Costello’s Ace Hardware, which now operates 46 locations in five states—New York, Maryland, Virginia, New Jersey and Pennsylvania—has even more ambitious goals. The retailer has stated it seeks to reach 75 stores and $250 million in sales by 2025. Costello’s had four stores doing $8 million in 2000 when it entered a growth mode.
Six second-generation siblings are part of the leadership team of Costello’s Ace including l to r: Bobby Costello, Joey Costello, Danny Costello, Jaime Maloney, Timothy Costello and Michael Costello.
The Hardware Connection interviewed Marketing Director Joey Costello, one of six siblings in a leadership position with the company, which was founded by their father, Vinnie Costello, in Deer Park, N.Y., in 1973. Read on to learn more about the successful strategies Costello’s Ace Hardware has followed on its fast track to growth.
A grand reopening was held in April 2022 for the store in Colonial Beach, Va., that was formerly a True Value.
With 46 stores now open in five states, what are your short-term and long-term goals for number of stores?
Every year our executive team, in August and September, they close themselves off for a couple of weeks and start doing strategic planning for the following year. Back in 2019, my brother Michael (CEO) wanted to do some longer-term planning. He came up with the five-year plan for our growth strategy from 2020 to 2025. We have a goal of reaching $250 million in revenue and 75 stores by the end of 2025. It’s pretty aggressive and it’s been our battle cry since then. At the time, we had 34 stores, so we’ve added a dozen stores since the announcement. As of today, we are ahead of the goal on the revenue side and we’ll probably add six stores next year.
The newest store in Purcellville, Va., features a 1,100-square-foot Milwaukee Tool store-within-a-store.
Are there specific geographic areas where you’re looking to add stores?
Virginia is definitely an area we’re looking for as a growth area. Maryland still offers a lot of opportunity. We just added four stores in northern New Jersey and one just across the border into Pennsylvania with a five-store acquisition (Smith’s Ace). We’re looking to fill in strategic areas between our New Jersey and Maryland locations. If there are opportunities to push a little bit to the west, we would consider that. We prefer to stay in more of a metropolitan area or suburbs of a major city. If we had an opportunity to buy a really successful business in California that had five great locations that were making money, I don’t think we would shy away from it.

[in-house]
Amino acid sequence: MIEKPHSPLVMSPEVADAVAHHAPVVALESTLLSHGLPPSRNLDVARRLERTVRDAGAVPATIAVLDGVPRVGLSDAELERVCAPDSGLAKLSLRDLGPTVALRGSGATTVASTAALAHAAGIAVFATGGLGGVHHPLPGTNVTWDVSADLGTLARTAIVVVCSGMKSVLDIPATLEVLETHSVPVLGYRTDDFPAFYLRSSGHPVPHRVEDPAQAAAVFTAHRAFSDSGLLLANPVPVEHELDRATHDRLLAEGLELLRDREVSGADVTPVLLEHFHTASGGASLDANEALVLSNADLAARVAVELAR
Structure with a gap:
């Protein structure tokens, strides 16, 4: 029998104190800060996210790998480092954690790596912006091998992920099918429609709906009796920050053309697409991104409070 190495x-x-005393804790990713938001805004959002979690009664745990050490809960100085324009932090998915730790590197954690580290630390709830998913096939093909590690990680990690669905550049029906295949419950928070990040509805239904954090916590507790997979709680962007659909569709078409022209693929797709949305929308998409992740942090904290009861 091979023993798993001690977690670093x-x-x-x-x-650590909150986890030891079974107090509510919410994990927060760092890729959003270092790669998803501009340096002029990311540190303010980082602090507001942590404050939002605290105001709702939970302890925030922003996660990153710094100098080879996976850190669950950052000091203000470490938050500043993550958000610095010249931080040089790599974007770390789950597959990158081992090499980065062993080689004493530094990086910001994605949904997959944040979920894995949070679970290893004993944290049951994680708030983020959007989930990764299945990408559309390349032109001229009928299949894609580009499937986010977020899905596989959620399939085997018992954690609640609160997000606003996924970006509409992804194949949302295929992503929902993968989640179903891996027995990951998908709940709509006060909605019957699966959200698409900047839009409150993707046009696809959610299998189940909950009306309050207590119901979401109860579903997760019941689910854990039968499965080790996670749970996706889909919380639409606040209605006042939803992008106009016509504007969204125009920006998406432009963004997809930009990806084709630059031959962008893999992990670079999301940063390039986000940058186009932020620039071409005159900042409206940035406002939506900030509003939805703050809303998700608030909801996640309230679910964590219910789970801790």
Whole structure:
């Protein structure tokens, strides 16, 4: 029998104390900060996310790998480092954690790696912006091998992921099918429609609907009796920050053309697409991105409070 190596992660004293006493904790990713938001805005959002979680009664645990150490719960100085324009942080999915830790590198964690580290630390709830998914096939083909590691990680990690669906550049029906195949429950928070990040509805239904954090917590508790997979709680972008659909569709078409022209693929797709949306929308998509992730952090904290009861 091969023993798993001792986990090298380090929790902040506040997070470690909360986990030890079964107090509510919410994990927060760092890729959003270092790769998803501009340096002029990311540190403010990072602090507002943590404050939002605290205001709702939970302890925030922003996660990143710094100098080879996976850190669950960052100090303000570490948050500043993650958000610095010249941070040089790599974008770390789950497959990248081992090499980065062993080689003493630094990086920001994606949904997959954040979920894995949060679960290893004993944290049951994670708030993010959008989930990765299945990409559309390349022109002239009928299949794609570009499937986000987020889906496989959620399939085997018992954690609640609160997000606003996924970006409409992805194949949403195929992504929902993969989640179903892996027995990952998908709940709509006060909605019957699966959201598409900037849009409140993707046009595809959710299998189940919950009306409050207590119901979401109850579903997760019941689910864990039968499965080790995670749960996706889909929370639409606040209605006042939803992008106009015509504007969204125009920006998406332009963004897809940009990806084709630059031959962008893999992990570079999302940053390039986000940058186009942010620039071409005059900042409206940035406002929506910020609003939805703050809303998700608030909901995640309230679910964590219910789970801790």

The Purcellville store opened in a former Rite Aid location as Long Island-based Costello’s looks to expand its footprint in states like Virginia and Maryland.
How difficult is it to continue growing aggressively during a period of economic uncertainty?
In times of economic uncertainty, it’s the business people who remain aggressive that tend to come out of it doing well. History will tell you that if you hunker down in those down moments you might not make it out, but if you remain aggressive and make smart decisions you can still grow. We’re all about growth. We’re definitely eyeing growth even now in a down economy.
Birding and barbecue are two of the categories Costello’s looks to be dominant in with premium brands.
What factors are most important when considering possible acquisitions?
Our growth is largely dictated by the opportunities that are around us. Historically, our company grew mainly through ground-up locations. That was in the earlier days of the business. But in the past five years we’ve grown by 18 locations and 14 of those have been through acquisition. The next few years, as we hopefully grow to 75 locations, acquisitions are our biggest opportunity. There are a lot of great retailers out there that have built amazing businesses but don’t have a succession plan in place. Frankly, they’re aging out of the business. We’re looking for strong companies with similar values as us and to try and help those owners monetize their life’s work while continuing to support their communities and people at the same high level as they did.
81 percent of employees at Costello’s Ace say it is a great place to work, compared to 57 percent of employees at a typical U.S. company, according to Great Place to Work® 2021 Global Employee Engagement Study.
We look at market demographics, location, competition in the area, sales history, operating profit, store size, if there is any opportunity for improving their business model, just to name a few factors. Ace to Ace acquisitions are easier, but we’re not afraid to convert. We’ve successfully done True Value to Ace a few times now. Our first three stores in Virginia were longtime True Value dealers and we just finished converting them to Ace about a year ago.
We’re also looking at what we can take from the business. What can we learn from another retailer that’s doing something that we’re not into? Back in 2017, we acquired three stores in Maryland that had a unique business model. All three were typical Ace stores, but they also had a niche business selling hot tubs and hearth appliances in their hardware stores. At the time, those three stores were doing a million and a half in hot tubs and now we’ve taken that business model and grown it to 12 locations where we have hearth or hot tubs or both.